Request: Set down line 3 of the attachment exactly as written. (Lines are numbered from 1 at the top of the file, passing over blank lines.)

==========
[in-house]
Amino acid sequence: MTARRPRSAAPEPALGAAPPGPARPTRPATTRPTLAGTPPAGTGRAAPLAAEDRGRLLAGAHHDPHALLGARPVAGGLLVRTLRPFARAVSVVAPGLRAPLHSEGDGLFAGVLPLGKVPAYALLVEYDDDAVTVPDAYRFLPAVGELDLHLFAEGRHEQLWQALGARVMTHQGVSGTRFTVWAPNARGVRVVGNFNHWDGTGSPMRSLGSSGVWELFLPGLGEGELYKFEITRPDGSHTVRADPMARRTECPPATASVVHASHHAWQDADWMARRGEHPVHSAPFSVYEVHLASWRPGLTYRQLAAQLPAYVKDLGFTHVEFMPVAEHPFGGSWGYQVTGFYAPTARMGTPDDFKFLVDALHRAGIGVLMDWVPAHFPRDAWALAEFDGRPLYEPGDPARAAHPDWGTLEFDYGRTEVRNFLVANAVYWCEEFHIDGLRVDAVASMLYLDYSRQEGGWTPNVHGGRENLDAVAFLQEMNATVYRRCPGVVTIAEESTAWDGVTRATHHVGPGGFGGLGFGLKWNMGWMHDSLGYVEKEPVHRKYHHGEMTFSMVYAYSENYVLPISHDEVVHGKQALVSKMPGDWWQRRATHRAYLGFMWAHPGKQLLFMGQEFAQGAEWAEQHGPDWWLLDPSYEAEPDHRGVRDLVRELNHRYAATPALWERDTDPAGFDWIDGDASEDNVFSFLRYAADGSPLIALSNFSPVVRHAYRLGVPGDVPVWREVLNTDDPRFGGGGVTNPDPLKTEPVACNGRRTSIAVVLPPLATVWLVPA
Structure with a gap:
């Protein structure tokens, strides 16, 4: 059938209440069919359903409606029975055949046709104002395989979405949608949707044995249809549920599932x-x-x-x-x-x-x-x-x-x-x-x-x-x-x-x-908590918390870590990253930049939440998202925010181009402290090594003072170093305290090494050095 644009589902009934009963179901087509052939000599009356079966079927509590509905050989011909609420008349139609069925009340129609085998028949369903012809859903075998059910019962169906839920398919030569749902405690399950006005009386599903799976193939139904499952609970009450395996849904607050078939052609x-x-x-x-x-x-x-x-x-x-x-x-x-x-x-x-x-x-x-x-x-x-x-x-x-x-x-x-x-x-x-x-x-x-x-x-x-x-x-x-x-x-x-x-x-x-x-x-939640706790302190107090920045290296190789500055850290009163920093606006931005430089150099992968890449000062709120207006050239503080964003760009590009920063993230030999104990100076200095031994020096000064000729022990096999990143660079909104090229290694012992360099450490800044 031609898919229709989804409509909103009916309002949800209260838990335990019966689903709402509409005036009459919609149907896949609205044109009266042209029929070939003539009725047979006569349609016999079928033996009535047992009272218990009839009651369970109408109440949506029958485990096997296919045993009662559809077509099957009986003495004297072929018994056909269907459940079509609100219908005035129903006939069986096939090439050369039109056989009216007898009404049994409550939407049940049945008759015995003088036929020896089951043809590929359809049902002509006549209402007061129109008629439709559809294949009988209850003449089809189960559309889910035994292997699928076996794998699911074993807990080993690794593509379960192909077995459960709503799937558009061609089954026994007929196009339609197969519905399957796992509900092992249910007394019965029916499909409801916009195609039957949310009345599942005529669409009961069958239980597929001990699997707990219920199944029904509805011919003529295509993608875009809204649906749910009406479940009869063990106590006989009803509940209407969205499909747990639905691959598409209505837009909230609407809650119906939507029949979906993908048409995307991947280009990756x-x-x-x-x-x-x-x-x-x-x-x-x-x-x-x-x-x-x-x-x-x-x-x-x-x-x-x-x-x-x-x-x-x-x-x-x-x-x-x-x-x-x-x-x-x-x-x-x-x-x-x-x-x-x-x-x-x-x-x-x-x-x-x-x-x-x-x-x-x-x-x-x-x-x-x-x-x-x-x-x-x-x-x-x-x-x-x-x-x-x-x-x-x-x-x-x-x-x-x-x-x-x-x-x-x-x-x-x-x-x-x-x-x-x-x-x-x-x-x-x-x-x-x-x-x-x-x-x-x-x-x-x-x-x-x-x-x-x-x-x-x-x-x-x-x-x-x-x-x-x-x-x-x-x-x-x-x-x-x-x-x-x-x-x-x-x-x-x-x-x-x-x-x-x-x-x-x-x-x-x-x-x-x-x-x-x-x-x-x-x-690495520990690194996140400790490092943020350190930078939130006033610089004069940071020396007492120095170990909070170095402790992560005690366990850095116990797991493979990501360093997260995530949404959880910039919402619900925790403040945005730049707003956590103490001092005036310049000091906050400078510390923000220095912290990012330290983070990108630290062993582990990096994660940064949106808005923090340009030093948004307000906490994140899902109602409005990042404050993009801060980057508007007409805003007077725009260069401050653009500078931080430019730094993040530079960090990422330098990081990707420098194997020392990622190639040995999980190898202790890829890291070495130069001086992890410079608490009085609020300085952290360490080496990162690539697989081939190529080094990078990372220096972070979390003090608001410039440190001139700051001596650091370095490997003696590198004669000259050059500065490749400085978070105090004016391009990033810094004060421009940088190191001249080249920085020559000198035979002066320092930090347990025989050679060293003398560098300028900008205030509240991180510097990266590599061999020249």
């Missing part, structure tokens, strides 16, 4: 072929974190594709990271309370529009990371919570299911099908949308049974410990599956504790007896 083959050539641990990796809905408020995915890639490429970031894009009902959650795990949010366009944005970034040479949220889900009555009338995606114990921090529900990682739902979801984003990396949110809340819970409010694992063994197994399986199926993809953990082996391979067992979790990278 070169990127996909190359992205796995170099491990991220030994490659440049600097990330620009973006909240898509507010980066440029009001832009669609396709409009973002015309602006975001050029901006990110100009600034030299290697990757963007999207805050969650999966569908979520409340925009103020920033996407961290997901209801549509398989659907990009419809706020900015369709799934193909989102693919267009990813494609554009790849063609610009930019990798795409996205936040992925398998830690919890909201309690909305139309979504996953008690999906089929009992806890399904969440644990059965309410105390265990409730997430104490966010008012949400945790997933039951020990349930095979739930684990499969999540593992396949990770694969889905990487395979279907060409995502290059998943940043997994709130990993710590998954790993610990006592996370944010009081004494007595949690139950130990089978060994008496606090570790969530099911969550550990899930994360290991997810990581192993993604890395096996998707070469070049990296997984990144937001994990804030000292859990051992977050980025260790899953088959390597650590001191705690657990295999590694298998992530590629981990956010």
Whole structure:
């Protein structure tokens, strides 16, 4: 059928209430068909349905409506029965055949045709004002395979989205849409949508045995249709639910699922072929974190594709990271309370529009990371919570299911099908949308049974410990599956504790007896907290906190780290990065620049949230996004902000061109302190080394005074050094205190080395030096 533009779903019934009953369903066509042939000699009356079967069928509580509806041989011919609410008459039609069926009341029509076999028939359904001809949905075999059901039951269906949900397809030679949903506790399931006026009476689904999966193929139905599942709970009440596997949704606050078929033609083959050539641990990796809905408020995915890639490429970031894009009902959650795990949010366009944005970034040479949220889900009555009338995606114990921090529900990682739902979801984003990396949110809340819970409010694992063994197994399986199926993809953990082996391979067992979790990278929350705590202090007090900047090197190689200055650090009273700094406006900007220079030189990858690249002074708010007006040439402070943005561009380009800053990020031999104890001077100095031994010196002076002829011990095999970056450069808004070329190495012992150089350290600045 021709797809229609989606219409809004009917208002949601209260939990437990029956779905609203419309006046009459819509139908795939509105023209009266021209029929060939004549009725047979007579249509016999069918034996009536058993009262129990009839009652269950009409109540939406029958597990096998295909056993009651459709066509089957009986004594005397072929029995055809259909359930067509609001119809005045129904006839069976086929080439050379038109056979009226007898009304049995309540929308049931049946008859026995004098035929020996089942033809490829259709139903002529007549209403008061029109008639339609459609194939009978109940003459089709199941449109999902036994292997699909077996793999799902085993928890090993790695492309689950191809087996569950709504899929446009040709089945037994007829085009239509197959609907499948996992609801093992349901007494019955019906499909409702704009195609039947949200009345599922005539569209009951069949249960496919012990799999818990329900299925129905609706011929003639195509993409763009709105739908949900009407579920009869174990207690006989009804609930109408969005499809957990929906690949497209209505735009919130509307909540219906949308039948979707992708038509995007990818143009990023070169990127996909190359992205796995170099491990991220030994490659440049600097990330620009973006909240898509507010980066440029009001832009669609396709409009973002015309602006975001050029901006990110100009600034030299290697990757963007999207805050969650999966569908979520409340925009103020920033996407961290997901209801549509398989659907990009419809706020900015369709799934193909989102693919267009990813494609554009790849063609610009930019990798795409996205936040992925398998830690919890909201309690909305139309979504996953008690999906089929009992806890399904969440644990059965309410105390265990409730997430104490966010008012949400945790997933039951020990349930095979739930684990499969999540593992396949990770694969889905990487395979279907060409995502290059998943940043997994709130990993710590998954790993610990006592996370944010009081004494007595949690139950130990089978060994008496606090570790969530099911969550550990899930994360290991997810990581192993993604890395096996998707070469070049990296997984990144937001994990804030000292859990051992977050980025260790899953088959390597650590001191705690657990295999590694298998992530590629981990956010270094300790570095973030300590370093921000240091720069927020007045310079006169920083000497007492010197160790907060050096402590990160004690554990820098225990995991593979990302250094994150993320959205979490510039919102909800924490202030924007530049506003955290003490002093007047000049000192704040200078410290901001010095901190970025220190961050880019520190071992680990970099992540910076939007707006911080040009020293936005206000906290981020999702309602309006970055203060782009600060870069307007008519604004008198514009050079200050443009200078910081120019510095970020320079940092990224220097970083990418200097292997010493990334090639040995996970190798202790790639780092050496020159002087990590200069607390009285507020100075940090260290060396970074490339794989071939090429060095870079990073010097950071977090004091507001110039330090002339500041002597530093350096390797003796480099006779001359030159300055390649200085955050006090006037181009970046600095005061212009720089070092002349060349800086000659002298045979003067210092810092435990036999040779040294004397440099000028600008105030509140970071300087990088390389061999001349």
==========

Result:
Structure with a gap: